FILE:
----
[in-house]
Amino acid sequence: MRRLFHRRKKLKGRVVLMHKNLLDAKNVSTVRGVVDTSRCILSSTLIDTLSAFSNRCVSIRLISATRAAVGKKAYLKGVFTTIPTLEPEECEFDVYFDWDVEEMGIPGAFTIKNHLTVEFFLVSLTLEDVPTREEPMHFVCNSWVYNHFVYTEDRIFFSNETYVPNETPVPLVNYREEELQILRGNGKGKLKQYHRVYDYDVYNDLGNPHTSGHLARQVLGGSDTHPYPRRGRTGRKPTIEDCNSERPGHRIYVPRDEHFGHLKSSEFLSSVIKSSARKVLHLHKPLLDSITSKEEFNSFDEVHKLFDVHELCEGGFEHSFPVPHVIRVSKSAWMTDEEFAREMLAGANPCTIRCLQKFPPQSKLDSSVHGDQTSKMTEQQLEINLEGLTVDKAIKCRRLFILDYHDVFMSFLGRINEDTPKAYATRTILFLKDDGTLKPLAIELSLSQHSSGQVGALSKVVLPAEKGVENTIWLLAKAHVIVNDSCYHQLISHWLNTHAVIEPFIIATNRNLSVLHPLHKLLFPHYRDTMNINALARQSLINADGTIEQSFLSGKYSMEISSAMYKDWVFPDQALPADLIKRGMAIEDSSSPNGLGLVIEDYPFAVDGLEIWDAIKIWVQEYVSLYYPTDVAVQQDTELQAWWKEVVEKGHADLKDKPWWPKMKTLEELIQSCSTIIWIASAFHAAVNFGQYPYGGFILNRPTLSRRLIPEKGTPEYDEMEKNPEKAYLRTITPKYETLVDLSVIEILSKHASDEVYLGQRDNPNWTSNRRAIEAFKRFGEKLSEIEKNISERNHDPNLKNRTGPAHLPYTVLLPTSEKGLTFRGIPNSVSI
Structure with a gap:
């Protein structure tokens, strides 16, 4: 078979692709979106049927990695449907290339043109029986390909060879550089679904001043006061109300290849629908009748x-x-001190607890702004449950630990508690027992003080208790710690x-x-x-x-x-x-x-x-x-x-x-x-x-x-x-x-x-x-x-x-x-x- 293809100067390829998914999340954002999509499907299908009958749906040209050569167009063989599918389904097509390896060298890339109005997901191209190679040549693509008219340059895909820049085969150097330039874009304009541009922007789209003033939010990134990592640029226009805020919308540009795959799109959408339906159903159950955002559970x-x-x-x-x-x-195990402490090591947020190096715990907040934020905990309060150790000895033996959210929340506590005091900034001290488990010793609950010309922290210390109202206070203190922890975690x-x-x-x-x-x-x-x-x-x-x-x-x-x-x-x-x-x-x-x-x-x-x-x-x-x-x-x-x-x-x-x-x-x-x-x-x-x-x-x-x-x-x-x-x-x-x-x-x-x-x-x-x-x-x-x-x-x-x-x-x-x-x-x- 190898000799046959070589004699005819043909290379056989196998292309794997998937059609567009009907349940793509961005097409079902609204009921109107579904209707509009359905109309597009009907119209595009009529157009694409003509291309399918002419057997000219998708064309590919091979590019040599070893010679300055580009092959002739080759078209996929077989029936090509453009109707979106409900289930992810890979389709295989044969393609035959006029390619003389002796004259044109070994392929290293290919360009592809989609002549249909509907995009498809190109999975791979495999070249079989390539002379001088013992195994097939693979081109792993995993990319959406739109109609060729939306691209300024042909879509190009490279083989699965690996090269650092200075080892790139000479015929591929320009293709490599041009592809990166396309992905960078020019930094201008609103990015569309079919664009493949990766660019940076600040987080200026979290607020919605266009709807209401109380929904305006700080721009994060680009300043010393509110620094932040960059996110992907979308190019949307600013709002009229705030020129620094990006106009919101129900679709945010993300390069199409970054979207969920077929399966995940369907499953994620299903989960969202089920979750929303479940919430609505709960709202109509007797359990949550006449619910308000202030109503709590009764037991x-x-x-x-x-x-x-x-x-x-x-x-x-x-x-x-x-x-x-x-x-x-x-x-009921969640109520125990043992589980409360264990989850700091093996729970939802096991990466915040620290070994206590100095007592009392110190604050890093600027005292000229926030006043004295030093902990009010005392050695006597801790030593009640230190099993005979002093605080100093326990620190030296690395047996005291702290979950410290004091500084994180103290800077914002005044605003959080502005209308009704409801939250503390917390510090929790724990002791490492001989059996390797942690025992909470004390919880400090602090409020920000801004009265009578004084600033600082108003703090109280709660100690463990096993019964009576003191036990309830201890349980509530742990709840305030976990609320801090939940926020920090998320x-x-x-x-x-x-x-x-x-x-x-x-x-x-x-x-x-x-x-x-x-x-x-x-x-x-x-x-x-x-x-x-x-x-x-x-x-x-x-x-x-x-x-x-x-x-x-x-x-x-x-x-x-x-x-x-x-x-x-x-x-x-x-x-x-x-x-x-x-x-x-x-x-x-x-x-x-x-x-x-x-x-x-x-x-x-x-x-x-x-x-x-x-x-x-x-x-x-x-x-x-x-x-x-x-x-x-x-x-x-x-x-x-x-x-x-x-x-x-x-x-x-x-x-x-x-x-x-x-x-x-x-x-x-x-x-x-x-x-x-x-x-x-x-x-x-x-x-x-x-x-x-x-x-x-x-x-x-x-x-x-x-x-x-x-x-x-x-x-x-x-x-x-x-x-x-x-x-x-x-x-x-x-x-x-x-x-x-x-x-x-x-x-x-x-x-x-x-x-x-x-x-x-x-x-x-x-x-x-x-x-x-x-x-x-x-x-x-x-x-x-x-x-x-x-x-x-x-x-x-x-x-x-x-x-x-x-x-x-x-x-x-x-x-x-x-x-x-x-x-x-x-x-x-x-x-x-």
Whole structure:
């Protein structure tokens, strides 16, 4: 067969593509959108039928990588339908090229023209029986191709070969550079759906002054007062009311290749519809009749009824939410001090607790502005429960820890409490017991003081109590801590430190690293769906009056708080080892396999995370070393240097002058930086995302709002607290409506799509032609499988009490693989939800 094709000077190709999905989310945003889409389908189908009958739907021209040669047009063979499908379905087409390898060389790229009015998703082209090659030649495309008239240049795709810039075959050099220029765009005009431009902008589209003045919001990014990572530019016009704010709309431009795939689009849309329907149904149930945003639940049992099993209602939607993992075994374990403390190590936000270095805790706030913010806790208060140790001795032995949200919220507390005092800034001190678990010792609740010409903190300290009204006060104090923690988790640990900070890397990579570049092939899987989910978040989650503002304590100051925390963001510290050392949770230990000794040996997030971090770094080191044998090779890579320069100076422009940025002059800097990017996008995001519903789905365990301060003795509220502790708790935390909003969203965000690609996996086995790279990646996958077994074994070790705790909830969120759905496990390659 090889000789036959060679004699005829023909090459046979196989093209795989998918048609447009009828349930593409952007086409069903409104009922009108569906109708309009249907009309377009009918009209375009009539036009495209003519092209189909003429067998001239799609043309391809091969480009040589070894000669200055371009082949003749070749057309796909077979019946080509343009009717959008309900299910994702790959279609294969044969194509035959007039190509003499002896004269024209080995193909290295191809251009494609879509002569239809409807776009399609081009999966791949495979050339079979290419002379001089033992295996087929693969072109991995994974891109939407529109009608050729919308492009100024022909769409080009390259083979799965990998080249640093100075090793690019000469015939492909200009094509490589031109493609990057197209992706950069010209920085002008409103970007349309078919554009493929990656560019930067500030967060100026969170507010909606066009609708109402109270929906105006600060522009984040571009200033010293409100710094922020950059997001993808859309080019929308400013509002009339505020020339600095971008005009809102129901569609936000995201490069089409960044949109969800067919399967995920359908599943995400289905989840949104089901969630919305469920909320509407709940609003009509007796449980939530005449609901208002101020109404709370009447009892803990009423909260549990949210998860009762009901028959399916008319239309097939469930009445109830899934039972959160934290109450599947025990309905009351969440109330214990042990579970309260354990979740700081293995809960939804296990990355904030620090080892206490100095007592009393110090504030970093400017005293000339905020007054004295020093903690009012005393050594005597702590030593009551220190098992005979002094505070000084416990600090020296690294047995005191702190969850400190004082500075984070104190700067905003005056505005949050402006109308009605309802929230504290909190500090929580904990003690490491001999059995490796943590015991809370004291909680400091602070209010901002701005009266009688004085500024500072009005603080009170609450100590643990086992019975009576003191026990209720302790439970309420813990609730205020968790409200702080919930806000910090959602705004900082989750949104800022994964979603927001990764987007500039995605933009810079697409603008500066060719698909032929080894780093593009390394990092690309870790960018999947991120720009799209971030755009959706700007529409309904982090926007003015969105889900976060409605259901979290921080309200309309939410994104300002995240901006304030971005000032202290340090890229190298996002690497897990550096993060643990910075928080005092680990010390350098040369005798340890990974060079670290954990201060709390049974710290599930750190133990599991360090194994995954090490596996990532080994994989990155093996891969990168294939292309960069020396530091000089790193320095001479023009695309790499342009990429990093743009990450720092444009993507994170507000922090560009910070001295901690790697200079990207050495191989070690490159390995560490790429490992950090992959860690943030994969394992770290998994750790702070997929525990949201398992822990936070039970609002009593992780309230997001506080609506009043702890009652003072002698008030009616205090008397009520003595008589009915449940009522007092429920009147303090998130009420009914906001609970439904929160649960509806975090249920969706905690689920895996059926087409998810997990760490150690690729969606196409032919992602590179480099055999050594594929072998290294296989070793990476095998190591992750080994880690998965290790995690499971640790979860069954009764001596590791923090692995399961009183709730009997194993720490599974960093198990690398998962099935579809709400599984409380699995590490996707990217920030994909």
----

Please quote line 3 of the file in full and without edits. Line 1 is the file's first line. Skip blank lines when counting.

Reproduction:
Structure with a gap: